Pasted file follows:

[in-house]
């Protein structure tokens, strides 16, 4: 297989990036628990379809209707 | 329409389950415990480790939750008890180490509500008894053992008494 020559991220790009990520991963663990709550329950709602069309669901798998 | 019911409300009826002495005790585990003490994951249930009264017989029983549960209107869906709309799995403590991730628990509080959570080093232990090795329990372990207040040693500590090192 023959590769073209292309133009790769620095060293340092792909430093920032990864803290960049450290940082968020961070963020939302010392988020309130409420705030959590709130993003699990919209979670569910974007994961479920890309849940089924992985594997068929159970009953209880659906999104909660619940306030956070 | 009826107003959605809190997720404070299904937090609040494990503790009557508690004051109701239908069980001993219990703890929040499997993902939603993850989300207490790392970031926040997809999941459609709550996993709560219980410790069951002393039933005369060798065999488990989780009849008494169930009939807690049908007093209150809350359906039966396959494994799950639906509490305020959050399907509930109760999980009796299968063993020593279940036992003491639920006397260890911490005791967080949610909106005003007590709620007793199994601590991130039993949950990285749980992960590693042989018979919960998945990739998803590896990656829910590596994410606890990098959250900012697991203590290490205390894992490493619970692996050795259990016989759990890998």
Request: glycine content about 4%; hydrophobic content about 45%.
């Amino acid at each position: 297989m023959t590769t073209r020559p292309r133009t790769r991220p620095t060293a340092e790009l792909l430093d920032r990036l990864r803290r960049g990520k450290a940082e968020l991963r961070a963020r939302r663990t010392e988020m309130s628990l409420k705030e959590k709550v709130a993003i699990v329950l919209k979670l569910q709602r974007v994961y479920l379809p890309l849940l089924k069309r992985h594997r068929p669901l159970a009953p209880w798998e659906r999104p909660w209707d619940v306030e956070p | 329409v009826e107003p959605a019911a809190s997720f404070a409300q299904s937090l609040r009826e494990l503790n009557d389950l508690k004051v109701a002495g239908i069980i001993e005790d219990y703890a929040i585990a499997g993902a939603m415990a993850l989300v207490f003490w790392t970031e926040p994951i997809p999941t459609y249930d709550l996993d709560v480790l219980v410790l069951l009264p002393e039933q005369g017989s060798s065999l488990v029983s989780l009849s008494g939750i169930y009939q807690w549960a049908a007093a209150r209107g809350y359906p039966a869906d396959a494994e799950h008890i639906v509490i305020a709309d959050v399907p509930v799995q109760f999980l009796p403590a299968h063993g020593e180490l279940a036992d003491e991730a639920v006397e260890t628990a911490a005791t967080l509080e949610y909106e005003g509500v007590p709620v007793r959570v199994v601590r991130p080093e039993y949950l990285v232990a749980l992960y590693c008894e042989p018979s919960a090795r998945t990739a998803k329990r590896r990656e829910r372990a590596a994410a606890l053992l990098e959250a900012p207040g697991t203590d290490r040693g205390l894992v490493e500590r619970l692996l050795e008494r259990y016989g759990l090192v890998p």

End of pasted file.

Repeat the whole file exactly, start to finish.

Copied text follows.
[in-house]
């Protein structure tokens, strides 16, 4: 297989990036628990379809209707 | 329409389950415990480790939750008890180490509500008894053992008494 020559991220790009990520991963663990709550329950709602069309669901798998 | 019911409300009826002495005790585990003490994951249930009264017989029983549960209107869906709309799995403590991730628990509080959570080093232990090795329990372990207040040693500590090192 023959590769073209292309133009790769620095060293340092792909430093920032990864803290960049450290940082968020961070963020939302010392988020309130409420705030959590709130993003699990919209979670569910974007994961479920890309849940089924992985594997068929159970009953209880659906999104909660619940306030956070 | 009826107003959605809190997720404070299904937090609040494990503790009557508690004051109701239908069980001993219990703890929040499997993902939603993850989300207490790392970031926040997809999941459609709550996993709560219980410790069951002393039933005369060798065999488990989780009849008494169930009939807690049908007093209150809350359906039966396959494994799950639906509490305020959050399907509930109760999980009796299968063993020593279940036992003491639920006397260890911490005791967080949610909106005003007590709620007793199994601590991130039993949950990285749980992960590693042989018979919960998945990739998803590896990656829910590596994410606890990098959250900012697991203590290490205390894992490493619970692996050795259990016989759990890998």
Request: glycine content about 4%; hydrophobic content about 45%.
């Amino acid at each position: 297989m023959t590769t073209r020559p292309r133009t790769r991220p620095t060293a340092e790009l792909l430093d920032r990036l990864r803290r960049g990520k450290a940082e968020l991963r961070a963020r939302r663990t010392e988020m309130s628990l409420k705030e959590k709550v709130a993003i699990v329950l919209k979670l569910q709602r974007v994961y479920l379809p890309l849940l089924k069309r992985h594997r068929p669901l159970a009953p209880w798998e659906r999104p909660w209707d619940v306030e956070p | 329409v009826e107003p959605a019911a809190s997720f404070a409300q299904s937090l609040r009826e494990l503790n009557d389950l508690k004051v109701a002495g239908i069980i001993e005790d219990y703890a929040i585990a499997g993902a939603m415990a993850l989300v207490f003490w790392t970031e926040p994951i997809p999941t459609y249930d709550l996993d709560v480790l219980v410790l069951l009264p002393e039933q005369g017989s060798s065999l488990v029983s989780l009849s008494g939750i169930y009939q807690w549960a049908a007093a209150r209107g809350y359906p039966a869906d396959a494994e799950h008890i639906v509490i305020a709309d959050v399907p509930v799995q109760f999980l009796p403590a299968h063993g020593e180490l279940a036992d003491e991730a639920v006397e260890t628990a911490a005791t967080l509080e949610y909106e005003g509500v007590p709620v007793r959570v199994v601590r991130p080093e039993y949950l990285v232990a749980l992960y590693c008894e042989p018979s919960a090795r998945t990739a998803k329990r590896r990656e829910r372990a590596a994410a606890l053992l990098e959250a900012p207040g697991t203590d290490r040693g205390l894992v490493e500590r619970l692996l050795e008494r259990y016989g759990l090192v890998p």